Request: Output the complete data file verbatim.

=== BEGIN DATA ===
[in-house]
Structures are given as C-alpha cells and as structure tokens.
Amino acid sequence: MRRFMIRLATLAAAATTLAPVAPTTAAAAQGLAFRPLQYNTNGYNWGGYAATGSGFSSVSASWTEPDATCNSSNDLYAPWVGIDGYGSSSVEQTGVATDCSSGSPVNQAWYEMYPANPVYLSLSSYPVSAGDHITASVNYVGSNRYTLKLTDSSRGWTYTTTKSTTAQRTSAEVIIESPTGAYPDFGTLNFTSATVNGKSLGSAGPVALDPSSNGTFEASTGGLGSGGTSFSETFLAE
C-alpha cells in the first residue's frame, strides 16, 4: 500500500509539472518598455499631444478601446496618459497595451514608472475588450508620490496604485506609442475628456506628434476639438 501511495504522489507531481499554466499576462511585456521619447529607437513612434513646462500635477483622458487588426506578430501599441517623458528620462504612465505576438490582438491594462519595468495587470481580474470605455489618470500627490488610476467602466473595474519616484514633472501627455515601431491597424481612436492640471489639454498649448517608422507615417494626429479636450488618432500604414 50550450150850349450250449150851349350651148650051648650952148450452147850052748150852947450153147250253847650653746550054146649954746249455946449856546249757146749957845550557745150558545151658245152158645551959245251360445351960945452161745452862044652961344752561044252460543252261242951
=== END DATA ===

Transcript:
[in-house]
Structures are given as C-alpha cells and as structure tokens.
Amino acid sequence: MRRFMIRLATLAAAATTLAPVAPTTAAAAQGLAFRPLQYNTNGYNWGGYAATGSGFSSVSASWTEPDATCNSSNDLYAPWVGIDGYGSSSVEQTGVATDCSSGSPVNQAWYEMYPANPVYLSLSSYPVSAGDHITASVNYVGSNRYTLKLTDSSRGWTYTTTKSTTAQRTSAEVIIESPTGAYPDFGTLNFTSATVNGKSLGSAGPVALDPSSNGTFEASTGGLGSGGTSFSETFLAE
C-alpha cells in the first residue's frame, strides 16, 4: 500500500509539472518598455499631444478601446496618459497595451514608472475588450508620490496604485506609442475628456506628434476639438 501511495504522489507531481499554466499576462511585456521619447529607437513612434513646462500635477483622458487588426506578430501599441517623458528620462504612465505576438490582438491594462519595468495587470481580474470605455489618470500627490488610476467602466473595474519616484514633472501627455515601431491597424481612436492640471489639454498649448517608422507615417494626429479636450488618432500604414 50550450150850349450250449150851349350651148650051648650952148450452147850052748150852947450153147250253847650653746550054146649954746249455946449856546249757146749957845550557745150558545151658245152158645551959245251360445351960945452161745452862044652961344752561044252460543252261242951